The Dreaded Weevil
You might be asking yourself, "What the heck is a weevil?" I found myself asking the same question. Two months after Josh had brought home Agápē we started noticing very small beetles hanging out on the boat. At first we thought nothing of it. The beetles were tiny, 2 millimeters to be exact. They weren't menacing or gross looking, the entomologist in me found them quite cute with their little pointed snouts. We'd spot one here, and there, in a cupboard, in a sink, under the floor boards… They weren't swarming, it wasn't like an ant infestation, or so I thought.
Josh began noticing them more and more frequently as he worked on small projects. He'd always mention seeing them again and I'd say "Well at least they're not cockroaches!", and we'd leave it at that. Until one day… specifically Josh's birthday. We were out at Santa Cruz island with Josh's parents for a 3 day weekend birthday celebration. After a beautiful day of hiking, stand up paddle boarding and swimming we headed back to the boat to clean up and cook dinner. Julie, Josh's mom, was in the galley prepping a salad when I went to grab the pasta noodles from our dry storage area. And there they were! All four million of them…
I know you're thinking we probably should have seen them sooner, but up until this point we hadn't been living on the boat much, just day sails or an over nighter here and there. Most of our time on Agape up until this point was spent working on projects, not eating. Most of the food in the dry storage area was left over from Josh's bash up from Mexico. We figured we'd leave the pasta, rice, and canned goods on the boat for island trips. BAD IDEA! Here in Southern California we don't have to worry about removing goods from cardboard boxes before bringing them into our homes or pantries. We don't freeze our rice, flour and grains before storing them on our shelves. Neither one of us had given second thought to leaving packaging on the food bought in mexico or leaving dry food in storage on the boat.
Well, in the two and a half months the rice and noodles sat in the dry storage, the weevils ran rampant. They had completely devoured several bags of noodles and rice, leaving only their remains in their wake. At first I wasn't sure what I was even looking at. I picked up a large bag of rice to get to the spaghetti noodles below when I noticed the bag littered with black dots. Mold? No.. ants? No… Those damn beetles! Once I got a good look I turned on our light above the storage compartment. Millions… millions of those once cute beetles, now became instantly grotesque invaders. I went from a calm and loving wife intent on cooking a nice birthday dinner for my husband and family, to a crazed mad woman, dumping rice and noodles over board. I dumped what I could, and doubled and triple bagged the rest in trash bags. I went on a crazed hunt to seek out and destroy any beetle I could find. All thoughts of dinner went right out the window. It was war. An hour or so later I realized it was too late, the invasion was too great. I had lost this battle. I was going to have to deal with the fact that we had several thousand unwanted guests for the rest of the weekend and pick my next battle back on the home front.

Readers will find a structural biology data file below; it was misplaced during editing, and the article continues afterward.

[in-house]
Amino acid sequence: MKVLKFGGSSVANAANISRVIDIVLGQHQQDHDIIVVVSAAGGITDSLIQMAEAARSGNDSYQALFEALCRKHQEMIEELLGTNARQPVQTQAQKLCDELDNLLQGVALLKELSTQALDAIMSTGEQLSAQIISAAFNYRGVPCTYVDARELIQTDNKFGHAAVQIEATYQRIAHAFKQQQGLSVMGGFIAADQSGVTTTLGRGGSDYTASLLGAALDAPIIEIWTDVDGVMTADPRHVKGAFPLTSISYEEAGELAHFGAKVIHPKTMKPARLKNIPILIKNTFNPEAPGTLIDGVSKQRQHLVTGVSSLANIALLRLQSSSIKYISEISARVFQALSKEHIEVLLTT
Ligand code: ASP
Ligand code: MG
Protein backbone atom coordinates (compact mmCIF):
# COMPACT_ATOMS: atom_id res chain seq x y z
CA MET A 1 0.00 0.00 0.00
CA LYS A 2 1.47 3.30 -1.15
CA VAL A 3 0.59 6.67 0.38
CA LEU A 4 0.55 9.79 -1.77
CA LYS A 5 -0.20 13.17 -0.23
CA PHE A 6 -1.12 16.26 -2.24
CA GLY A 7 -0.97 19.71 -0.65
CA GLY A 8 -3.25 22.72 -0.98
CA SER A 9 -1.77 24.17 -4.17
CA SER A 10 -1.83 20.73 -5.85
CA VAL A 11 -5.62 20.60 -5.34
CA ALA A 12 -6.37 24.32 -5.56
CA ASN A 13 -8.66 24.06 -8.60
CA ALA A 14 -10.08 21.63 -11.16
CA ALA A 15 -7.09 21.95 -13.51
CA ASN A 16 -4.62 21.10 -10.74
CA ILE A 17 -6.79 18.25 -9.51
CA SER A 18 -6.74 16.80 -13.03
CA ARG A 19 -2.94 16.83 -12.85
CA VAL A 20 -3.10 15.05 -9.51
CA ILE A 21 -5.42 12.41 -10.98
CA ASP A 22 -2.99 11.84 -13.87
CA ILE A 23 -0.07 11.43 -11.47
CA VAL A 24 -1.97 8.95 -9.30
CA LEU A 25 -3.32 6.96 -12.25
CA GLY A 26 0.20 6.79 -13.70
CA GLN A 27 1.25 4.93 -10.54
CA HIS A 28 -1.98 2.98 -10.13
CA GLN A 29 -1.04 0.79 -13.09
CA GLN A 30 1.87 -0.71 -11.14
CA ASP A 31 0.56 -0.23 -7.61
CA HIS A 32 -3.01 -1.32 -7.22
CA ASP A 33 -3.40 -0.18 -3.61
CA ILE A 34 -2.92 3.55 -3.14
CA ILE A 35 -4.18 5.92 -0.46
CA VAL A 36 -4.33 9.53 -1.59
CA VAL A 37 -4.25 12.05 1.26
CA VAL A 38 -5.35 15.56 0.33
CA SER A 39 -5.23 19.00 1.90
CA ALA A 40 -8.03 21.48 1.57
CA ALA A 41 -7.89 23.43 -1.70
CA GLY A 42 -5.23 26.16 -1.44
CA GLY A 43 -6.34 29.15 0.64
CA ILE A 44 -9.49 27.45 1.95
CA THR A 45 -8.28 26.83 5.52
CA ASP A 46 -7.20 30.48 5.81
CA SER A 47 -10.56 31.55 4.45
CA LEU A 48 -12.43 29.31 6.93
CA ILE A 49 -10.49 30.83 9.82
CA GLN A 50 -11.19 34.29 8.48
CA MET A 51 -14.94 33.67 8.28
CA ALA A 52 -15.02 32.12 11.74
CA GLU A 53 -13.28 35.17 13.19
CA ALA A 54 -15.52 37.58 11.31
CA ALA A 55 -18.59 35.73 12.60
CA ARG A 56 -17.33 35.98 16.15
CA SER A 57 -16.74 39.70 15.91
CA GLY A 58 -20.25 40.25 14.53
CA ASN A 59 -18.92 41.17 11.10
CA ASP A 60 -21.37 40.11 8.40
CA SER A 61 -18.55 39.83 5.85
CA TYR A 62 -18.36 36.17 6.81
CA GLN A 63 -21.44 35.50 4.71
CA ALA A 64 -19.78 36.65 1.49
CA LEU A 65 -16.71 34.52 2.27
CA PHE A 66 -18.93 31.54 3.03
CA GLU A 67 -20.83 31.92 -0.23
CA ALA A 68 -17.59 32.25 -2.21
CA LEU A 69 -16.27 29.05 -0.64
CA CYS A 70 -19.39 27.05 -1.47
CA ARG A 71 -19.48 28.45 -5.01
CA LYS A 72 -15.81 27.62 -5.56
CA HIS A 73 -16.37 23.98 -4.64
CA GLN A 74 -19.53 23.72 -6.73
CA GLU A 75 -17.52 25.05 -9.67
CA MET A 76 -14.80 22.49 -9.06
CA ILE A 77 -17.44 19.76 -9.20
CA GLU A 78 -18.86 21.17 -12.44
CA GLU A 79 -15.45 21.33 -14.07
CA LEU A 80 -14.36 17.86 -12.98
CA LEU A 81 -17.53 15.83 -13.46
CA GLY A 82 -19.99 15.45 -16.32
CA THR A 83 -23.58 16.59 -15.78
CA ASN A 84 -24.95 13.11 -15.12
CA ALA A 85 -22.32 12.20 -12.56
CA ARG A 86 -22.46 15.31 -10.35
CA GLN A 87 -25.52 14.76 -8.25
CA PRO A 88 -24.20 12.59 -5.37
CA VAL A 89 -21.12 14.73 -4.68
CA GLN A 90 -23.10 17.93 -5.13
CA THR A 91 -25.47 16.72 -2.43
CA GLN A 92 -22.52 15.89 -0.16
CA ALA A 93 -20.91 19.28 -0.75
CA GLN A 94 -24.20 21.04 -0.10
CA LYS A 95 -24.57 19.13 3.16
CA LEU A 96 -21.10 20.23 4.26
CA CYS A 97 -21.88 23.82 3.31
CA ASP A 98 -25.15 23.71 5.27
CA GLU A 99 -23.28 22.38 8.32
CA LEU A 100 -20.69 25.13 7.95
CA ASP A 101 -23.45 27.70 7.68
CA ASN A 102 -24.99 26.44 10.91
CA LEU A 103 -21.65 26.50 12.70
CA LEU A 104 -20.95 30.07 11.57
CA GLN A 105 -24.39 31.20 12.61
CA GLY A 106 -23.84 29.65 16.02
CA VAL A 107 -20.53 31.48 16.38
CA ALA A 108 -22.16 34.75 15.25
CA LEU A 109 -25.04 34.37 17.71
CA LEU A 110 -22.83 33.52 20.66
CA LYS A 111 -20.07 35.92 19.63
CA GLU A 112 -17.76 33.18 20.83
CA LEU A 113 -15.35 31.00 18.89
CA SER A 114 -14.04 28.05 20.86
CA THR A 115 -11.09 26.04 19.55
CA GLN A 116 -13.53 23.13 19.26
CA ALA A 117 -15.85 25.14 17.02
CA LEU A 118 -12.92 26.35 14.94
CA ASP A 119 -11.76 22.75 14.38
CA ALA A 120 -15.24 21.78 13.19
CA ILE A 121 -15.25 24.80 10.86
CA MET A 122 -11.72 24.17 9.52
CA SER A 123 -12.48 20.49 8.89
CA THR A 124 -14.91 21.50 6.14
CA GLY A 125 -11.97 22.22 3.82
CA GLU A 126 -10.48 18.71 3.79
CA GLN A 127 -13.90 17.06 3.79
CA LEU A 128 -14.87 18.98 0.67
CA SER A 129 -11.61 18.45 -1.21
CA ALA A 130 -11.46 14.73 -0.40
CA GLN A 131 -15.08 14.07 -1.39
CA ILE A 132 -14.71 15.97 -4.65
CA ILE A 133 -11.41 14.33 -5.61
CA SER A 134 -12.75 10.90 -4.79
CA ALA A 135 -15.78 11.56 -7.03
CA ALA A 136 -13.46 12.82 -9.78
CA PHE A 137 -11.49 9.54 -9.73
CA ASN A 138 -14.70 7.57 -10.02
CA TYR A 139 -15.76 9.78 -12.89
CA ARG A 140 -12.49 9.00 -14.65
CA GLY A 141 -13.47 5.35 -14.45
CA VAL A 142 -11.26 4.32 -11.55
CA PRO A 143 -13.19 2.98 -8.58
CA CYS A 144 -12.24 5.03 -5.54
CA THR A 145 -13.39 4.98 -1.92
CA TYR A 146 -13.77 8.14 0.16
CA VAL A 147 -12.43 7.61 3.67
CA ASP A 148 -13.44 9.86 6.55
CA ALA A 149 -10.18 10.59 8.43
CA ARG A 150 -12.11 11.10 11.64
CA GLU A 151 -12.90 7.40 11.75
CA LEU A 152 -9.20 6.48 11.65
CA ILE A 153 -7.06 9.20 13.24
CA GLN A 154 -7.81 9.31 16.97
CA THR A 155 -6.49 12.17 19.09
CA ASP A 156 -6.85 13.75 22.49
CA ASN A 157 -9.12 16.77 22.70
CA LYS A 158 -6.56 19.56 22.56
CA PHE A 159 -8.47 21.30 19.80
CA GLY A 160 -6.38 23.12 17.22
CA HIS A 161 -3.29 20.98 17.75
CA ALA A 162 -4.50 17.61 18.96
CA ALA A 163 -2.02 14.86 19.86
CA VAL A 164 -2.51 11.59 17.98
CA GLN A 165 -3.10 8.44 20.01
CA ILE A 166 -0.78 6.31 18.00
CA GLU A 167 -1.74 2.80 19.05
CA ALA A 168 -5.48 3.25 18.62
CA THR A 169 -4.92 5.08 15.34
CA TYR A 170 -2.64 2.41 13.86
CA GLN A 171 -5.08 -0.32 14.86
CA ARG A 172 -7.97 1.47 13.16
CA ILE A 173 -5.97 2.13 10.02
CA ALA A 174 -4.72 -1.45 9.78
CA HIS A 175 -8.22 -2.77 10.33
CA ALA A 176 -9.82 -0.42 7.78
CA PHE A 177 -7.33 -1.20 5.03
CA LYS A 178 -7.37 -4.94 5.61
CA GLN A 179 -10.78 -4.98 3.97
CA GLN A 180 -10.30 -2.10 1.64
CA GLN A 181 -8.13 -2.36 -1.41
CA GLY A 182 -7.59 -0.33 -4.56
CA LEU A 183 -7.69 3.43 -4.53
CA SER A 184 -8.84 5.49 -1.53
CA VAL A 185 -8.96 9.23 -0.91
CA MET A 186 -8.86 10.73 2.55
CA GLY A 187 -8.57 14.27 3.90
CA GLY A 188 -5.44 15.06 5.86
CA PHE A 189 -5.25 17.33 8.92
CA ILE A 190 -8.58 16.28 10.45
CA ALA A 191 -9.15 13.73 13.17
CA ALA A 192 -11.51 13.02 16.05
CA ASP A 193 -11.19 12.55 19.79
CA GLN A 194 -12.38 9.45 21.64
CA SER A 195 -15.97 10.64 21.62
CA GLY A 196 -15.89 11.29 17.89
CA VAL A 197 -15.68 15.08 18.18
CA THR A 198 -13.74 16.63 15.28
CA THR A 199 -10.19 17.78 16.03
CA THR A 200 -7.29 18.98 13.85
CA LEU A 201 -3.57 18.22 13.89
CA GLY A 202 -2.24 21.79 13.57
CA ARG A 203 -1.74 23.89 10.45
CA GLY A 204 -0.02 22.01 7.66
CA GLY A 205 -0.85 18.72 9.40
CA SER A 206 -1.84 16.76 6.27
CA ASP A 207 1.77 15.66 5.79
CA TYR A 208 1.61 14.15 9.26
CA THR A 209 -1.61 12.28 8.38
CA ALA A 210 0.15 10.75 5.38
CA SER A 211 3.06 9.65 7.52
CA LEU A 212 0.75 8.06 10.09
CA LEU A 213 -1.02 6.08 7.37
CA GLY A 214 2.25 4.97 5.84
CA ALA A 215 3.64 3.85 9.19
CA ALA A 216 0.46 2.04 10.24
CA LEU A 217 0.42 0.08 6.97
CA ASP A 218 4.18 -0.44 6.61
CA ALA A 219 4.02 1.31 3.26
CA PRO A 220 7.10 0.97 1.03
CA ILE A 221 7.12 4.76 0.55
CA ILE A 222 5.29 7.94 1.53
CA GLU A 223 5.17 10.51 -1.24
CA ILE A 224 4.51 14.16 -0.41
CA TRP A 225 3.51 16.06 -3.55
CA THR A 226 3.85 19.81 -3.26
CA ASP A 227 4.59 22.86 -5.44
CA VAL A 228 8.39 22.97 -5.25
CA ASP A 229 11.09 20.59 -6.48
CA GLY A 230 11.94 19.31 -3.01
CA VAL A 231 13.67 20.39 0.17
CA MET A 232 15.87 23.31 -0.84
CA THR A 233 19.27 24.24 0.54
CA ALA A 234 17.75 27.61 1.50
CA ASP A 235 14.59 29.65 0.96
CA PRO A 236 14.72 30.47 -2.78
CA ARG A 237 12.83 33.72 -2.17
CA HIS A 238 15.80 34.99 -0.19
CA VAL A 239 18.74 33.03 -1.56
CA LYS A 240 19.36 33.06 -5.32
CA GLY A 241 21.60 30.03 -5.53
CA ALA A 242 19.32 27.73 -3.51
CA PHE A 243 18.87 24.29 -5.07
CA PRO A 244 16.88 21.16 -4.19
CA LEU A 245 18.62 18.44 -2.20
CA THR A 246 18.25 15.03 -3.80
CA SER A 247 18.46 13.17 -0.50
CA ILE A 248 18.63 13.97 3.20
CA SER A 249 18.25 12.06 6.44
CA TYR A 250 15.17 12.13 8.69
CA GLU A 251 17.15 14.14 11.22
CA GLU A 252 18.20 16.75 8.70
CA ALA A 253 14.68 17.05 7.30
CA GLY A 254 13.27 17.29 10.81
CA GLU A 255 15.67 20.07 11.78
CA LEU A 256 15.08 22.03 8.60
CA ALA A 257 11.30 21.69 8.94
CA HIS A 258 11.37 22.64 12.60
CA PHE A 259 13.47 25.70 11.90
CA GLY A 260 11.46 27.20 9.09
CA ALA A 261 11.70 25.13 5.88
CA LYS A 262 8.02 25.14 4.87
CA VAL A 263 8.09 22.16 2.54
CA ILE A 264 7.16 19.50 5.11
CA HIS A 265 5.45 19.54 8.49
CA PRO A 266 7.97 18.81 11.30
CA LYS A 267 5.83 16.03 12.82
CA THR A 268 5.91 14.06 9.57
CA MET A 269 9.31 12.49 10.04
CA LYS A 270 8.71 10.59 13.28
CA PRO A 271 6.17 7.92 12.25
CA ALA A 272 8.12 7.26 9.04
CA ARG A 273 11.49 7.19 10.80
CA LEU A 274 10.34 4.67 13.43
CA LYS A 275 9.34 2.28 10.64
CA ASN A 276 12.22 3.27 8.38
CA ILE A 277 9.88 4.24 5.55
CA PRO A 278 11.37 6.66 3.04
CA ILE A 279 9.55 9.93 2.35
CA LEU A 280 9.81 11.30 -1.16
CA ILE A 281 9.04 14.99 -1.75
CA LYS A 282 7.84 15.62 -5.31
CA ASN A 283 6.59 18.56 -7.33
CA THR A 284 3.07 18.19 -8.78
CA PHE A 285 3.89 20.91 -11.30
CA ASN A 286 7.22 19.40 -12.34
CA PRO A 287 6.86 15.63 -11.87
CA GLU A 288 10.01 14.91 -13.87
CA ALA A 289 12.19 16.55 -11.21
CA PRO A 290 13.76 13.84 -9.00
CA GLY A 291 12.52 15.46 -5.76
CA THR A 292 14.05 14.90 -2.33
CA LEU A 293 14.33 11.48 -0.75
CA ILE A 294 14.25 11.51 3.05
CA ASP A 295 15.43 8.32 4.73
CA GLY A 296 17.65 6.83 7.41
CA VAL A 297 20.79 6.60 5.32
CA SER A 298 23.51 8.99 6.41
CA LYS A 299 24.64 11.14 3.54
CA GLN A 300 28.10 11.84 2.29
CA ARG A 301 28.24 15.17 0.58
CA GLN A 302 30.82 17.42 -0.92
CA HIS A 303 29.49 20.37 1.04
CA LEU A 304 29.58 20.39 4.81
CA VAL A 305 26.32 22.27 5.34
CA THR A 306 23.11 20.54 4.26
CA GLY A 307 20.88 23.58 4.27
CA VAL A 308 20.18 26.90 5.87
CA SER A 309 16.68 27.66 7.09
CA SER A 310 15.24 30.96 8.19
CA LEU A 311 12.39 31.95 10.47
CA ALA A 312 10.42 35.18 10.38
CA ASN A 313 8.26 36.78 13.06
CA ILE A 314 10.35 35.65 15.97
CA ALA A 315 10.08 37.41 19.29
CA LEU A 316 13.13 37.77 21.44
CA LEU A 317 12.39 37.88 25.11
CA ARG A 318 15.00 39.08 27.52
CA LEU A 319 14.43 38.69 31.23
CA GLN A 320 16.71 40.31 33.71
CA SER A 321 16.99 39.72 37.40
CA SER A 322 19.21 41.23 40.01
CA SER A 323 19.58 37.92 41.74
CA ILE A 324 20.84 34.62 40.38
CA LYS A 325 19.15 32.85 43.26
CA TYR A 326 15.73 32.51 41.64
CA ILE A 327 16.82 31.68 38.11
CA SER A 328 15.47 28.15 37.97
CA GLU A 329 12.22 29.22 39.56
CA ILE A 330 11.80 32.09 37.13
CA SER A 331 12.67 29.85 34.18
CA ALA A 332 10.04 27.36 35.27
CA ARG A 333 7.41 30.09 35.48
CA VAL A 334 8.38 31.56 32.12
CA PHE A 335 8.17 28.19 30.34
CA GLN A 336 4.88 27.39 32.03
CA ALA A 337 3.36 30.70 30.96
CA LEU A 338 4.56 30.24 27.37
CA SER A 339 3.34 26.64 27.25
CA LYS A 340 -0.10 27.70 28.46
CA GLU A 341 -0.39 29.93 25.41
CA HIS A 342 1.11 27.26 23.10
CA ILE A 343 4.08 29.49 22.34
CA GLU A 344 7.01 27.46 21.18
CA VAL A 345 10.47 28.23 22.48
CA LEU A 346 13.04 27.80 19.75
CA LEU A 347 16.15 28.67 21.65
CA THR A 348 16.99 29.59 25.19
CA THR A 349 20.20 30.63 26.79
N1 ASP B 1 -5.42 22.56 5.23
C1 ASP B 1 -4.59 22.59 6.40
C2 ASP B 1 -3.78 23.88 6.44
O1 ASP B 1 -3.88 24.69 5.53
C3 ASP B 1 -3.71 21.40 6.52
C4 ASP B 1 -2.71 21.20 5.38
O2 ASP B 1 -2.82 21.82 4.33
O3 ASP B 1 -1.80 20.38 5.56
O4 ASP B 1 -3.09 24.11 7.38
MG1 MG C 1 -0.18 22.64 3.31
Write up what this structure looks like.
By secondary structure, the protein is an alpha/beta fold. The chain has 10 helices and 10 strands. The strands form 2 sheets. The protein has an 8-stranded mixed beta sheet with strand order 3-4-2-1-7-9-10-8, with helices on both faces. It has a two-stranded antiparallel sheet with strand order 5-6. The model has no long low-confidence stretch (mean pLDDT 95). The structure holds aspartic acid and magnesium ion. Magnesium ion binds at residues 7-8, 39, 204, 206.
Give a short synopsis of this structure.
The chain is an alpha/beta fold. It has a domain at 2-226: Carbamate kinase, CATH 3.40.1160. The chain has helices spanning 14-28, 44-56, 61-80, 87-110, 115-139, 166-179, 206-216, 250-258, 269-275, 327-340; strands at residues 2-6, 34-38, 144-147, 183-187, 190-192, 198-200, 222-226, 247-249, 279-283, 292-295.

We pieced together the random snacks we had on the boat for dinner, cheese, apples, tomatoes, ham… it was definitely not the birthday dinner we had planned.
Back at home the battle with the beetles was back on! This time we brought in chemical warfare, yet we totally underestimated the resiliency of these weevils. We decided we would first remove all food and then bug bomb the boat. We bought special bug bombs just for rice weevils and set three up inside the boat thinking that would be more than enough.
We were wrong. Three days later those bastards were still climbing out of the ceiling, up from the bilge, out of the mast, I kid you not, they were still EVERYWHERE! We then launched our third attack. We decided to take everything off the boat. I mean EVERYTHING! We emptied every cupboard, drawer, and storage area. We removed every pillow, cushion and mattress. We vacuumed up every possible area we could think of and see and rebombed the boat again. While we waited we tossed almost all the food, washed every dish and container. Vacuumed each pillow, cushion and mattress meticulously. Three days later we returned to Agape, opened the hatches and finally let out a victory cry!
Too soon… At first glance, tiny 2mm casualties littered the boat, it seemed we had won the war, but upon closer inspection we found dozens of survivors. My level of frustration was through the roof. I could not believe how much disdain I felt for such a small creature. We launched our final attack. One last go with chemical warfare. We used every bug bomb we had left! Two days later we had finally won the war. We celebrated and cheered, and Josh left to go back offshore for a week. Leaving me to put our boat back together again. It took me nearly a week to clean and put everything back together. I revaccumed every square inch, multiples time. I washed the floors, cupboards, shelves and polished all the wood (basically our entire interior). After cleaning every nook and cranny, I finally started bringing our stuff onboard again. Although I hated every minute of fighting these beetles, I'm sort of glad it happened. I don't think we would have ever taken everything off the boat and done such a deep clean of Agápē if it wasn't for those stupid weevils. Now I know every inch of our boat, I know where everything goes and where things are stored, and I know there is not one single weevil left on that boat!